Bernie Sanders is leading Hillary Clinton by 10 points in Iowa, and a whopping 22 points in New Hampshire, but is trailing Clinton by 23 points in South Carolina, according to the latest polls at RealClearPolitics.com.
Campaigning has barely started in South Carolina. But it is still fair to ask: Why such a divergence?
One answer may be that Iowa and New Hampshire have a lot of diehard liberals fed up with the status quo, folks who are chomping at the bit to break the centrist mold and support a candidate who will stand-up for more progressive policies on issues such as campaign finance reform, regulation of banks and financial services, stagnating wages, unfair tax policies, and skyrocketing costs of drugs and education, among other issues.
Or, as Charles M. Blow eloquently put it in a recent New York Times op-ed piece, “Sanders’ message of revolutionary change to save a flailing middle class and challenge the sprawling influence of what he calls ‘the billionaire class’ has struck a nerve with a fervid following.”
But in South Carolina, according to the article, African Americans make-up more than half of Democratic primary voters, and the polls suggest the Sanders message is not yet resonating in the Palmetto state, particularly with black voters.
It is early – the South Carolina primary is not until February 27 – and the Sanders’ campaign is not yet fully ramped up. But it may also have something to do with economic status – many African Americans in South Carolina – like a lot of Democrats across the South and elsewhere – are more focused on bread-and-butter economic and social issues – and perhaps a little wary of the “revolutionary” zeal with which Sanders approaches many issues such as the need to take on “the billionaire class” and reign in the “Wall Street Banks”.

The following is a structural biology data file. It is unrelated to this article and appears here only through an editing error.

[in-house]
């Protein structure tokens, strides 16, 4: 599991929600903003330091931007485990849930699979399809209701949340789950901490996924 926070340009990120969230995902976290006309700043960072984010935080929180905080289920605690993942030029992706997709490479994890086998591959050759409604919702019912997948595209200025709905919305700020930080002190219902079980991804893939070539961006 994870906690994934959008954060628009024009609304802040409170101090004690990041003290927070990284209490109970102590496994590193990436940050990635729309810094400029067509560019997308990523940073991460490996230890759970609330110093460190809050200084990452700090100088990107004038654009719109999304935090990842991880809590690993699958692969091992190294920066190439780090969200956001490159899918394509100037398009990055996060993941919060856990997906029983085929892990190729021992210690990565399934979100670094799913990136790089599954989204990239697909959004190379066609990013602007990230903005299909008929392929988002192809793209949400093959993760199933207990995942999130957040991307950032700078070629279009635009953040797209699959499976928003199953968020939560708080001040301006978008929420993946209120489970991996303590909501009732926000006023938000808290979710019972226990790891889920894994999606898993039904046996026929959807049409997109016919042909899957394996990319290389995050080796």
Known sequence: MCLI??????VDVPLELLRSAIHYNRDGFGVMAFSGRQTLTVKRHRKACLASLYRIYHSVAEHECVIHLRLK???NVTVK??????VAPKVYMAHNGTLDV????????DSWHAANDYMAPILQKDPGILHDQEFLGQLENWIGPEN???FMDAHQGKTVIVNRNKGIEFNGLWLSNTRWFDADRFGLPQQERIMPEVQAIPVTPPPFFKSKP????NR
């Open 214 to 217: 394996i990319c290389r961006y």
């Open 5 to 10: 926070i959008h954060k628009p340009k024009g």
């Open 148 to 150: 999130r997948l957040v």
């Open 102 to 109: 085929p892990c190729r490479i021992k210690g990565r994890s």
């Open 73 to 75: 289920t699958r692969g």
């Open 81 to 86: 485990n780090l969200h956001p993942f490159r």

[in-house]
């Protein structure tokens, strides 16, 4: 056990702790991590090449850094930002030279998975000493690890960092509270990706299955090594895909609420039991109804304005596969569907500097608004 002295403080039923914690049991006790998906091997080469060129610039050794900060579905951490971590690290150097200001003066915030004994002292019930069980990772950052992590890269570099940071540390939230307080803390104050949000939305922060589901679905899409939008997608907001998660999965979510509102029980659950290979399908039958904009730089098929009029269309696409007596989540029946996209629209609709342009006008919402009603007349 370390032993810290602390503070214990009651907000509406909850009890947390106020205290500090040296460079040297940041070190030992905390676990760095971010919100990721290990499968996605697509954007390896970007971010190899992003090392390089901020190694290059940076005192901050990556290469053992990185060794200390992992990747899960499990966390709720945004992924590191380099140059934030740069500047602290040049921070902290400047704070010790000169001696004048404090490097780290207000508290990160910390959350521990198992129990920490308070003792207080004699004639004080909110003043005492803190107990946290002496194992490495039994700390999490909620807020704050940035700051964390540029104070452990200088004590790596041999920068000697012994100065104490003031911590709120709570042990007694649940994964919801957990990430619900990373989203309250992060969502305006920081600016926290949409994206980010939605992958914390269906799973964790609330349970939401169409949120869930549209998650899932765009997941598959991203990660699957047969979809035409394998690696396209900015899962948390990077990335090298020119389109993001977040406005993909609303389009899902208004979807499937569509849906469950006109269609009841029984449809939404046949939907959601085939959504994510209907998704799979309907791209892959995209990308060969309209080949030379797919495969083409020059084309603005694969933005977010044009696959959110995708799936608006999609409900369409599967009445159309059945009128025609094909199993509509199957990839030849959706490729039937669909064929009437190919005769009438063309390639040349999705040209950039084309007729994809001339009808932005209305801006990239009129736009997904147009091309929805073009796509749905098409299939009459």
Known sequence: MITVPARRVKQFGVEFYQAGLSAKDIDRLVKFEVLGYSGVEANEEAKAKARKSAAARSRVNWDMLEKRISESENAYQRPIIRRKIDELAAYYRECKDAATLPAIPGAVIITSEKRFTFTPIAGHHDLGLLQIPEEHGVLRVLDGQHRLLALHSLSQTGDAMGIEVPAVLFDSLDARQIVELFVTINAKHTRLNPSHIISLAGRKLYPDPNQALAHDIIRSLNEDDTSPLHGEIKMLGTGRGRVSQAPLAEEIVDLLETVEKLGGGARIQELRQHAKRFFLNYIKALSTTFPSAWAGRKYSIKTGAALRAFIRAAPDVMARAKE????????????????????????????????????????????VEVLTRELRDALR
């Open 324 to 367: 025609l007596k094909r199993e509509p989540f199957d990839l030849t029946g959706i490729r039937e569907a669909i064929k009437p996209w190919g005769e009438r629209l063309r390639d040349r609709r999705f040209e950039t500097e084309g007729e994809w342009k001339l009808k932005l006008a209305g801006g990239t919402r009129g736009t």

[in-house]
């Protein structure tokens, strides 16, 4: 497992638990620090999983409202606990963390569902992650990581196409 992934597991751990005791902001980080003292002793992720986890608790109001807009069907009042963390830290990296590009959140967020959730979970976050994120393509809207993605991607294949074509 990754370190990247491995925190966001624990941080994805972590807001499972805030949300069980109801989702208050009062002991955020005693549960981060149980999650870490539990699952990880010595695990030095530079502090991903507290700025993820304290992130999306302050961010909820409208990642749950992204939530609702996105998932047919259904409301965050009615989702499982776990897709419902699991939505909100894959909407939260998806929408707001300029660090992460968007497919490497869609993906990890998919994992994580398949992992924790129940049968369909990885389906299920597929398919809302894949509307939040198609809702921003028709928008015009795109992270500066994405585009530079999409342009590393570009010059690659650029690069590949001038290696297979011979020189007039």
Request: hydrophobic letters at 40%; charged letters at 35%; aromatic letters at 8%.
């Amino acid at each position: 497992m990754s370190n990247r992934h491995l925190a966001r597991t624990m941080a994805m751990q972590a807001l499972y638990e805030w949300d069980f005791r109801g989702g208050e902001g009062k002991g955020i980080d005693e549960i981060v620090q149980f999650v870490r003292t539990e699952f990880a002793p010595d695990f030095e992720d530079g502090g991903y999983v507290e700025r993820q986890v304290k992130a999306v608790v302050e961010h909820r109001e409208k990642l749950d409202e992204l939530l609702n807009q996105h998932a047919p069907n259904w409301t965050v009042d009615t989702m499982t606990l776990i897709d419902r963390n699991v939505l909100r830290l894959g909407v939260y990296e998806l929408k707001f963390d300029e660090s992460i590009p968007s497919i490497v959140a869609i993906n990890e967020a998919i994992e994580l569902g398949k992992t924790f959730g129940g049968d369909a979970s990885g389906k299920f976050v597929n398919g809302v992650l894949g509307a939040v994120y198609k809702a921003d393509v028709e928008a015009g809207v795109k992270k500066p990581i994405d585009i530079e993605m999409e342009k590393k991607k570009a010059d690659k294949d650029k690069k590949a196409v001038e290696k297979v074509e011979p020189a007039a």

In the NYT article, Sanders said his organization would be reaching out aggressively to bring African-American and Latino communities into his campaign. He also blamed the media for being too consumed by political theatrics, and not widely reporting on the substance of his message, such as when he talks about issues like high unemployment rates among African-American youth.
Certainly, there are huge issues with the way the media generally conducts itself, as discussed in a recent TDV blog. But a reasonable reading of the South Carolina polls compared to Iowa and New Hampshire suggest the Sanders’ campaign might want to think about toning down the rhetoric a little to focus its message more positively on the core issues affecting people’s everyday lives – for example, how to fix a broken economy and stimulate wage and jobs growth for everyday Americans, minority and otherwise.
These are issues we know Sanders cares about deeply – and has thoughtful positions on – but sometimes the positive message of change seems to get lost in the revolutionary zeal of his campaign rhetoric.